British Columbia

'Crazy busy': Boom from $40B LNG plant in northwestern B.C. leaves communities scrambling to keep up

The construction of a $40-billion LNG Canada export facility and work camp in northwestern B.C. is creating new opportunities, but it's also creating challenges for small businesses and local governments attempting to keep up.

Influx of newcomers is a 'blessing and a curse' for locals, city of Terrace says

Freda Barton has shut down her barbershop in downtown Prince George and has moved back home to Kitimat to start cutting hair for camp workers arriving at the region's $40-billion Canada LNG project. (Andrew Kurjata/CBC)

After 25 years of cutting hair in downtown Prince George, Freda Barton is doing something she never expected: moving back home to Kitimat to cash in on northwestern British Columbia's economic boom.

"The whole town is just crazy busy," Barton said. "I'm really excited."

Barton will be helping Kitimat's Nechako Barber Shop set up a mobile studio to service a 4,500-person work camp being built in support of the $40-billion LNG Canada export facility.

But though the mega-project is creating new opportunities in the region, it's also creating challenges for both small businesses and local governments attempting to keep up with rapid growth. 

Aside from needing more barbers, communities say they also need more police and bylaw officers to respond to some of the problems that come with a rapidly growing population — but questions remain about who will pay for that.

Rentals in short supply

Already, approximately 1,000 workers are in place and the impact can be seen everywhere, said Nechako Barber Shop owner Tracy Best.

"Everybody's got 'Help Wanted,' signs," she said, adding it's difficult to recruit people into service-industry positions with high-paying camp jobs nearby.

Even so, the Kitimat Chamber of Commerce is warning people against simply showing up in town expecting to cash in.

Construction is underway on a massive work camp to support the LNG Canada project near Kitimat. Up to 4,500 people will be housed in the camp at any one time, and workers will be supplied with dining, recreational and medical services on site, the company says. (LNG Canada)

Rental units are in high demand so it's best to have both a job and a place to live lined up before deciding to move northwest, said chamber president Daniel Chimko.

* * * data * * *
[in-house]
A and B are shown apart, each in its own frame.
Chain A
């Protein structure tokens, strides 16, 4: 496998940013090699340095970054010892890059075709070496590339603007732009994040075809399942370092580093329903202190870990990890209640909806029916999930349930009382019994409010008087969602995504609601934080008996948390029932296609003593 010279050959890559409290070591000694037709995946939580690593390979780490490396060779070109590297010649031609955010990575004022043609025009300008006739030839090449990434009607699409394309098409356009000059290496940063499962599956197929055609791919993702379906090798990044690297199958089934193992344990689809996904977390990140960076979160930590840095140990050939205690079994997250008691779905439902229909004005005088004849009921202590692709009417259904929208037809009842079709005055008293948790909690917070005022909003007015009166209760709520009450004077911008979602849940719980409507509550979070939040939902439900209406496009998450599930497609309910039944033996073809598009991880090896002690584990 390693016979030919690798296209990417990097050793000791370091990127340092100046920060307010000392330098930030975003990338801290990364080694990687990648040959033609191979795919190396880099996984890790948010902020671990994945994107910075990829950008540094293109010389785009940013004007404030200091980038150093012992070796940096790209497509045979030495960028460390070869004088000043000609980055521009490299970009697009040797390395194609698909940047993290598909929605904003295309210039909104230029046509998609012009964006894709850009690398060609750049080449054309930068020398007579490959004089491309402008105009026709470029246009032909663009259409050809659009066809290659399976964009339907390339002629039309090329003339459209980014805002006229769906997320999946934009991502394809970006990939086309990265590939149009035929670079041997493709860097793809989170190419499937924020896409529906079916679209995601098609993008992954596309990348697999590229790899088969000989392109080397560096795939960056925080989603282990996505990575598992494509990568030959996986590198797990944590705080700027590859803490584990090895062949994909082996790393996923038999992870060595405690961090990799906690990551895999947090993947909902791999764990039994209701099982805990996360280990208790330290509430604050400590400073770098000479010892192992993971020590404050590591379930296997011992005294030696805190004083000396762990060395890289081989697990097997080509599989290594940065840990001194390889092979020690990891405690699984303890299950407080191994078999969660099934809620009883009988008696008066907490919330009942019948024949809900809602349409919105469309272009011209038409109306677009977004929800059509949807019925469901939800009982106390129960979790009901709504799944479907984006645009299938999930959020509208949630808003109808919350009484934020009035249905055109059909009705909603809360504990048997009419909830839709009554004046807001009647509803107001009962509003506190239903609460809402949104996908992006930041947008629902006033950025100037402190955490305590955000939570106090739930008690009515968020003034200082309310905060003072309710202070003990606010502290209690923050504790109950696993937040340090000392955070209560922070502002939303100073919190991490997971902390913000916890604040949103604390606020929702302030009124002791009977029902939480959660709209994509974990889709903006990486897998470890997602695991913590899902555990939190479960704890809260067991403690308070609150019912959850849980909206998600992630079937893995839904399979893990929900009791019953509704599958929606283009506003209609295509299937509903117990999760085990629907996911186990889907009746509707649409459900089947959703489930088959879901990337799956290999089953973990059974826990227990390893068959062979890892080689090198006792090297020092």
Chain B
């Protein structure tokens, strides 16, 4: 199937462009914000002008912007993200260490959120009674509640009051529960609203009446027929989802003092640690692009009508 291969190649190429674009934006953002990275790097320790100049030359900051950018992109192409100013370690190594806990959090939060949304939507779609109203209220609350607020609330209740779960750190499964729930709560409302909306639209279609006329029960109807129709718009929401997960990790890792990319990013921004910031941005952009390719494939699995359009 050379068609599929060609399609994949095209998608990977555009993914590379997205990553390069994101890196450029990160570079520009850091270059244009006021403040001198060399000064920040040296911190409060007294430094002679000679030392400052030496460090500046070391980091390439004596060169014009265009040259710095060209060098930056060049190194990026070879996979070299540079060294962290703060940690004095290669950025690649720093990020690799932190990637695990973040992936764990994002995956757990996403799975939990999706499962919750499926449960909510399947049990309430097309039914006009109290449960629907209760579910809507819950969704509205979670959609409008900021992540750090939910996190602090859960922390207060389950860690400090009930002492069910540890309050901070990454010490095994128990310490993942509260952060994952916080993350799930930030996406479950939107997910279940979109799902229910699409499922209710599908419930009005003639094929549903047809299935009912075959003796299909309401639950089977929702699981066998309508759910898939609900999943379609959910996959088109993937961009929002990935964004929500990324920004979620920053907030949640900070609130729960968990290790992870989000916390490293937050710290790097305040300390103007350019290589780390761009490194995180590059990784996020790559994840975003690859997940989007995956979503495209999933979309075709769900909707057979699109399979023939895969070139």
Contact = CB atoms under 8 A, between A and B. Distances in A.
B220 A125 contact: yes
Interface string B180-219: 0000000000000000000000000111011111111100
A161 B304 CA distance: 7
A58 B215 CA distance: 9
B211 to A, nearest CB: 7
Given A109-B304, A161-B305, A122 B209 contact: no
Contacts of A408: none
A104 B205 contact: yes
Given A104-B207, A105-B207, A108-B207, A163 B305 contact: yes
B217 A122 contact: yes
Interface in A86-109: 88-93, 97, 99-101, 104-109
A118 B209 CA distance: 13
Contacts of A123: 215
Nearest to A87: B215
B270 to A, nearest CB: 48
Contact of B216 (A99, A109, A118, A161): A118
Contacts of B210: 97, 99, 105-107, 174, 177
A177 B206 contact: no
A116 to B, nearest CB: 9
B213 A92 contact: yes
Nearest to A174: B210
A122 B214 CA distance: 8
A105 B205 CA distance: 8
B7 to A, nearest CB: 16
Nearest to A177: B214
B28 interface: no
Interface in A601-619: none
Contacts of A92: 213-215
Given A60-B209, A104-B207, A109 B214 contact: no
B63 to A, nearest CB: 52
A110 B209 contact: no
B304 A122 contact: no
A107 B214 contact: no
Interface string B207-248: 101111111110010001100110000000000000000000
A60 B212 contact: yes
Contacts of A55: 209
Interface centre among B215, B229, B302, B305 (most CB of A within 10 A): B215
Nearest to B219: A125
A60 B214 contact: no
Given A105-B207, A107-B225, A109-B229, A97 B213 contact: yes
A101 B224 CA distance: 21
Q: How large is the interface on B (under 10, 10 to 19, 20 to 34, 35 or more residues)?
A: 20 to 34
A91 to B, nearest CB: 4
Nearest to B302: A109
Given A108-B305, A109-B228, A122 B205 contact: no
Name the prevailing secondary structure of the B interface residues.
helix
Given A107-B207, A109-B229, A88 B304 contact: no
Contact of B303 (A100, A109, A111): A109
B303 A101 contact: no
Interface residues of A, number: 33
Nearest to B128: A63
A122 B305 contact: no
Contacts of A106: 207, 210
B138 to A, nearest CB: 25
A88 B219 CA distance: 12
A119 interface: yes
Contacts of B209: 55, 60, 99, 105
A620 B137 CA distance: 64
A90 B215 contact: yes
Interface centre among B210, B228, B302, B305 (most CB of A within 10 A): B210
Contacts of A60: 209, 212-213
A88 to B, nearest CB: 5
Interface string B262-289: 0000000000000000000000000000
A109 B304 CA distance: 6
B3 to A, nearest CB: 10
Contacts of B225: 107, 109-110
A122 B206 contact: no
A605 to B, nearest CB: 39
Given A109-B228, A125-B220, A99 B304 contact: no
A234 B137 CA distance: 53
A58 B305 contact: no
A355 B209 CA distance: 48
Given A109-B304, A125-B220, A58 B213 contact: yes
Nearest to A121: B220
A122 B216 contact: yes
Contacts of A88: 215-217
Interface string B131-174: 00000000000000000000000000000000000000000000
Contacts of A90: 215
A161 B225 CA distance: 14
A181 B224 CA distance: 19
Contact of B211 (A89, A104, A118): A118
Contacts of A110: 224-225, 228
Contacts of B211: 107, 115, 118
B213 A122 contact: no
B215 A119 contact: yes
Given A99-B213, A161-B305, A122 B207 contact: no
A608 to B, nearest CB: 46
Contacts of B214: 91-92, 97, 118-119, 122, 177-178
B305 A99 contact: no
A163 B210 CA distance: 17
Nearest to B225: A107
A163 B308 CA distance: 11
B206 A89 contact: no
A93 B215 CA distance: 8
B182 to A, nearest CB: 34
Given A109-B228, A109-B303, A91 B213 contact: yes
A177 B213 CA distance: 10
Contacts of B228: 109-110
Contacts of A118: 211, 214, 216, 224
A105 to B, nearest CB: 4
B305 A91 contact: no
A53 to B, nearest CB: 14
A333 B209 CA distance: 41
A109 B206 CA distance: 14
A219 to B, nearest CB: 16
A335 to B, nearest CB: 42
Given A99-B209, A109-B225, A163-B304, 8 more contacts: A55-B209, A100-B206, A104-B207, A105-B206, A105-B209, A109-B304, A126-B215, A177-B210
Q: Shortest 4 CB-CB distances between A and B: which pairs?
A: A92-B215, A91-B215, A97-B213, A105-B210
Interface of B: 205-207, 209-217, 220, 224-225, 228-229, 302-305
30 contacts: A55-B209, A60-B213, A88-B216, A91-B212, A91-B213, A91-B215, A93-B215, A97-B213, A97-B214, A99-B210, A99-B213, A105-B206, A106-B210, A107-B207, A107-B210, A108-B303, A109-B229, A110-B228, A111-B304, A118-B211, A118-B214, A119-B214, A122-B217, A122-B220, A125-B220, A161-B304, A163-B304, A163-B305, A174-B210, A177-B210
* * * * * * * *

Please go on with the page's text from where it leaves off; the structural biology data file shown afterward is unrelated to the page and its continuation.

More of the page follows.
"I mean, in terms of those [service] jobs, you can probably start the next day," he said. "But again, you've got to make sure you have your first couple months rent in hand so that you're not left out in the street."

Construction is also underway on new townhouses and a new hotel to accommodate the growing population, which isn't limited to Kitimat. The nearby city of Terrace, which acts a service centre for the region, is also being impacted, said city CAO Heather Avinson.

"With a big project like this ... there's an influx of people that come to the area," Avinson told CBC Daybreak North host Carolina de Ryk. 

"And it's happening more quickly than we expected."

New activity straining local resources: City of Terrace

Avinson said while the economic activity is welcome, it also has a downside: people in the community are seeing more visible homelessness, drug use and property crime.

Avinson said she didn't want to attribute all the negative changes to LNG Canada, but said it's likely some of the challenges can be attributed to new people arriving in the region.

"It's a blessing and a curse," she said.

The city wants to add more police and bylaw officers to its roster in 2020 in order to respond, and hopes the province and companies behind LNG Canada will be willing to help pay for those costs.

LNG Canada said it's designing the project with nearby communities in mind, attempting to provide as many services — from medical to recreation — as possible within its 400-hectare work camp in order to minimize disruption.

Spokesperson Susannah Pierce said LNG Canada is also working with the province and local governments to monitor numbers on everything from housing prices to crime rates.

"We can then look at the data and get a better understanding of how we work collectively to address some of those concerns," she said.

Avinson said LNG Canada has been responsive, and eager to contribute to projects such as the recent purchase of a new highway rescue truck for the Terrace fire department. But she said what's really needed is ongoing funding injected into Terrace's municipal budget.

Both Terrace and Kitimat are members of the Northwest B.C. Resource Benefits Alliance, which advocates for more money from major projects in the region to be invested directly into municipalities. 

Pierce didn't say whether the company would or would not be willing to pay municipalities ongoing funding, but instead said they would engage in an "open dialogue."

B.C. Premier John Horgan has committed to negotiating a revenue-sharing agreement with those communities, but terms  have yet to be worked out.

Meanwhile, Avinson said, Terrace is looking at a seven per cent tax increase in 2020 just to keep up with demand for city services.

"That is not insignificant," she said. "But it's what we need to do."


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About the Author

Andrew Kurjata

CBC Prince George | @akurjata

Andrew Kurjata is an award-winning journalist covering Northern British Columbia for CBC Radio and cbc.ca, situated in unceded Lheidli T'enneh territory in Prince George. You can email him at andrew.kurjata@cbc.ca.

With files from Matt Allen and Daybreak North

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